Wednesday, July 20, 2011

Taoiseach in unprecedented attack on Vatican


Taoiseach Enda Kenny has strongly criticised the Vatican for what he said was an attempt to frustrate the Cloyne inquiry, accusing it of downplaying the rape of children to protect its power and reputation.
Mr Kenny was speaking during Dáil statements on the report.
Never before has a Taoiseach used such language in criticising the Catholic Church.
Mr Kenny told the Dáil that the Cloyne Report highlighted the 'dysfunction, disconnection, elitism and narcissism that dominate the culture of the Vatican to this day.'
The rape and torture of children had been downplayed or 'managed' to uphold, instead, the primacy of the institution, which are its power, standing and 'reputation'.
The hierarchy had proved either unwilling or unable to address what he called the horrors uncovered in successive reports, a failure which he said must be devastating for so many good priests.
Mr Kenny said that the Catholic Church needed to be truly and deeply penitent for the wrongdoing it perpetrated, hid and denied.
'Instead of listening to evidence of humiliation and betrayal,' Mr Kenny pointed out that the Vatican's reaction had been to parse and analyse it, with the eye of a canon lawyer.
'This position is the polar opposite of the radicalism, the humility and the compassion that the Church had been founded on.'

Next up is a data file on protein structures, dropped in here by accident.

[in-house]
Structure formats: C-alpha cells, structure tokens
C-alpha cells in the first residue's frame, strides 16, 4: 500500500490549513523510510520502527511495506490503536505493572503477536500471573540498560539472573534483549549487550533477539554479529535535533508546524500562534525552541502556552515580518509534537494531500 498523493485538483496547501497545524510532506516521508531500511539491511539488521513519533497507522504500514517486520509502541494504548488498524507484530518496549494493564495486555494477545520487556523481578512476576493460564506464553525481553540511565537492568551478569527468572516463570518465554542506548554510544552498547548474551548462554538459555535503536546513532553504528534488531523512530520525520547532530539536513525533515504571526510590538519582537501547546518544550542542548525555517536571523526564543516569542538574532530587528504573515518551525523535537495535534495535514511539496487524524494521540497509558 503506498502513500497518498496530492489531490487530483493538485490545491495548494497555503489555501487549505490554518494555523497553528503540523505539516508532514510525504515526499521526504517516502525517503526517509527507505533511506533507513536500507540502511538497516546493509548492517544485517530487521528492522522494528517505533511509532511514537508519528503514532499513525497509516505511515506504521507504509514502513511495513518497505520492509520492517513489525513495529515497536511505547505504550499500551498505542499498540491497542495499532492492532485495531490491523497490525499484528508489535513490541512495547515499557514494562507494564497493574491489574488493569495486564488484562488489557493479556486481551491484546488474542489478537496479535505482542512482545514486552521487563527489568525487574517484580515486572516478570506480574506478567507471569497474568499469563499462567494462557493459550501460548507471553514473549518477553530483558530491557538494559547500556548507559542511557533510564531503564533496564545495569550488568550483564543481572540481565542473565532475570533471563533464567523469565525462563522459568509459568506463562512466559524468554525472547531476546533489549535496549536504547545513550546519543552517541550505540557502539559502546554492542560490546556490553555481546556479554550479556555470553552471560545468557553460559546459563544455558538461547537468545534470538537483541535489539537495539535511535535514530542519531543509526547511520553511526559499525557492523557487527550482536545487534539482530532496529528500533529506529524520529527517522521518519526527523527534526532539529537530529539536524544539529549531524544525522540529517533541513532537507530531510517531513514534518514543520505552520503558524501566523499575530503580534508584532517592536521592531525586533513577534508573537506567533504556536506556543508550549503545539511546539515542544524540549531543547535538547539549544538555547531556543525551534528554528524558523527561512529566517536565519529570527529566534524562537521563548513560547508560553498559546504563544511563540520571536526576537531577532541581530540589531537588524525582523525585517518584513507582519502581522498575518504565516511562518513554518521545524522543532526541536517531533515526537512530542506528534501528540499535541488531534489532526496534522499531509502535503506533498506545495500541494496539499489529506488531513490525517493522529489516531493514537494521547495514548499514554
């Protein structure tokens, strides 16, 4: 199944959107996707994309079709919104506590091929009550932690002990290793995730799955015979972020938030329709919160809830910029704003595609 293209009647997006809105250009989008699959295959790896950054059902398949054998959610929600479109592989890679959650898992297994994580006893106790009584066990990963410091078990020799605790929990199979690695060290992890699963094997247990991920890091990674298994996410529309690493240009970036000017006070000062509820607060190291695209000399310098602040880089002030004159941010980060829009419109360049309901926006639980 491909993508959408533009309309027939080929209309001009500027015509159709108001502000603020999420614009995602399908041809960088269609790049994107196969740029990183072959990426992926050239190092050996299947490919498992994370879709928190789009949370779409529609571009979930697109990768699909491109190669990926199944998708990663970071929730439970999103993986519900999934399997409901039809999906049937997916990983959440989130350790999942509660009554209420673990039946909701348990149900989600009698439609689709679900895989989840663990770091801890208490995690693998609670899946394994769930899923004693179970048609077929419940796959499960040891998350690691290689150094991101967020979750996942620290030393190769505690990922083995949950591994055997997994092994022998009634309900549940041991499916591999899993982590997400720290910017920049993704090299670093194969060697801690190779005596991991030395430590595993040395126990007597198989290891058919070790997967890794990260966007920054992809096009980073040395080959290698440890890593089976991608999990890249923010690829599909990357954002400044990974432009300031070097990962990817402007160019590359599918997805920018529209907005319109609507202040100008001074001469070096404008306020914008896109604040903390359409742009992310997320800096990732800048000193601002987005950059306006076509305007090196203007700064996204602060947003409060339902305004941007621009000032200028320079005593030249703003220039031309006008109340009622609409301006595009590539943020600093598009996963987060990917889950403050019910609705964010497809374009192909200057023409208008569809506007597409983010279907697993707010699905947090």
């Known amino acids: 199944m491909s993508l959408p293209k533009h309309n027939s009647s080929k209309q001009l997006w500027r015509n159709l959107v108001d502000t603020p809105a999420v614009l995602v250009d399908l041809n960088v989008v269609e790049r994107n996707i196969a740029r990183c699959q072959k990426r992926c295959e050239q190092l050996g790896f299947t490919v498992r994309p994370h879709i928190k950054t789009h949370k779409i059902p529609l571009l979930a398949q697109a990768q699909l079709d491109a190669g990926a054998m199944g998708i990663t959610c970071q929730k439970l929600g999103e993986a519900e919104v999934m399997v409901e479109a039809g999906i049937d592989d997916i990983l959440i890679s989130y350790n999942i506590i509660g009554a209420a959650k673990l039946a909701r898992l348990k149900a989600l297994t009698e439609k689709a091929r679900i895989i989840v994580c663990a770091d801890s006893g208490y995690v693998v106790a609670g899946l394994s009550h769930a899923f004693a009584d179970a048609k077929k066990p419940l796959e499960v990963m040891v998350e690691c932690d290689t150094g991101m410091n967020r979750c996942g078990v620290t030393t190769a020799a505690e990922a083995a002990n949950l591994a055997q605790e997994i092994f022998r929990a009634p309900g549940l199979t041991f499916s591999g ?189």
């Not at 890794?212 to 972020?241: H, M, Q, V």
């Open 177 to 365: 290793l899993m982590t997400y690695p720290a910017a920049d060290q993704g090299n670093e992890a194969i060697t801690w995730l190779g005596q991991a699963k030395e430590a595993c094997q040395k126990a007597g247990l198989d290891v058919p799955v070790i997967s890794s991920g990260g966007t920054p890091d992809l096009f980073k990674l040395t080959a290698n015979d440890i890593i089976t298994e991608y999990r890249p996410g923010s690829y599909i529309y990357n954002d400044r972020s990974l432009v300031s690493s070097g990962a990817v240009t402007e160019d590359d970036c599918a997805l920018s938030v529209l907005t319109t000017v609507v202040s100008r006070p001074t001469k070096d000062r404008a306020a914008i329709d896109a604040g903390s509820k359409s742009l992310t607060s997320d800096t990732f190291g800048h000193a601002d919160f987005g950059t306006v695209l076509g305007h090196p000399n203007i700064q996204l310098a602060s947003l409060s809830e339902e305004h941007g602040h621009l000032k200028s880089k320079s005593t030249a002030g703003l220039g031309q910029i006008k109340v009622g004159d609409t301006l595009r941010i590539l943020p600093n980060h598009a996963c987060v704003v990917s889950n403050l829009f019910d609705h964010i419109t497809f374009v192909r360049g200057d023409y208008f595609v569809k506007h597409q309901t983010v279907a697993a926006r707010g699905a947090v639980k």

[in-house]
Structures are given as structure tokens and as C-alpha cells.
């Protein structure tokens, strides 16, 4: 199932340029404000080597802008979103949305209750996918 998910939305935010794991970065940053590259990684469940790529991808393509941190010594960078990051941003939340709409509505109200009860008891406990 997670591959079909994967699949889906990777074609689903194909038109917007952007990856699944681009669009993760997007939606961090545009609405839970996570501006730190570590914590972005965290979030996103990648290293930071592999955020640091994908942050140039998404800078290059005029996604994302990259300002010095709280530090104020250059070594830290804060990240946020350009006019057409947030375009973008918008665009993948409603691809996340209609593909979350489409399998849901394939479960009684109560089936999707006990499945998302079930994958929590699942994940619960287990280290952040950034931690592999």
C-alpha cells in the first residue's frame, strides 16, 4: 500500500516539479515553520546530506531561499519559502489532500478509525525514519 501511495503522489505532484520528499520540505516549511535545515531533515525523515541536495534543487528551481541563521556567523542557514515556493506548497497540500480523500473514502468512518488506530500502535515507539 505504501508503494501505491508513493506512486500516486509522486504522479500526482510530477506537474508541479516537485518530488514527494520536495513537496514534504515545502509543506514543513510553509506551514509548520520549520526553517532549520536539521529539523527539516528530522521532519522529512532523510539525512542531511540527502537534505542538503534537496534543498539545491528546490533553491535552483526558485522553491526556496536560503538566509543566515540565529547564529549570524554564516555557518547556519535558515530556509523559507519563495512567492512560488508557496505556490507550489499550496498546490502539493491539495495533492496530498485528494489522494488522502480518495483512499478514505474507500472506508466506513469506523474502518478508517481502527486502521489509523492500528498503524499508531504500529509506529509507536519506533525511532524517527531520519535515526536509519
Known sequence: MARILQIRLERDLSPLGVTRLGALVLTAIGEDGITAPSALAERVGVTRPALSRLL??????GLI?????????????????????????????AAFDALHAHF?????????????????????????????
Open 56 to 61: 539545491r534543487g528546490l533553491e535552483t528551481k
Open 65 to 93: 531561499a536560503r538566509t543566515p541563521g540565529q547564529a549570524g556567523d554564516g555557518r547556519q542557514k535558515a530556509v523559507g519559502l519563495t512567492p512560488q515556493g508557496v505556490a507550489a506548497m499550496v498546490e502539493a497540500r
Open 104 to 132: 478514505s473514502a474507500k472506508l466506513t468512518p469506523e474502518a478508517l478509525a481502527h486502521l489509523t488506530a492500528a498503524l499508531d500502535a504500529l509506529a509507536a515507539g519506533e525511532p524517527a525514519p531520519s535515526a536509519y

Fianna Fáil leader Micheál Martin said what was done was not just to avoid scandal - it involved the wilful refusal to respect basic moral and legal responsibilities.
Mr Martin said no-one had any excuse for not knowing what to do when there was even a suspicion of child abuse.
Sinn Féin's Caoimhghín Ó Caoláin said the report shows it had learned nothing since the Fr Brendan Smith scandal.
The all-party motion on the Cloyne report condemning the Vatican's role in child protection was discussed in the Dáil this afternoon.
The motion 'deplores the Vatican's intervention which contributed to the undermining of child protection frameworks and guidelines of the Irish state and the Irish bishops.'
One of the main findings of the report was that the diocese failed to report nine out of 15 complaints made against priests, which 'very clearly should have been reported'.
Vatican spokesman Fr Federico Lombardi, speaking in a personal capacity, has said that there was nothing in the advice given by the papal nuncio in 1997 to encourage bishops to break Irish laws.
He said that the Vatican's advice to Irish bishops on child protection policies could not be interpreted as an invitation to cover up abuse cases.
Speaking on RTÉ's Morning Ireland, Minister for Justice Alan Shatter said the comments were disingenuous and he said he expected a more considered, formal response from the Vatican.

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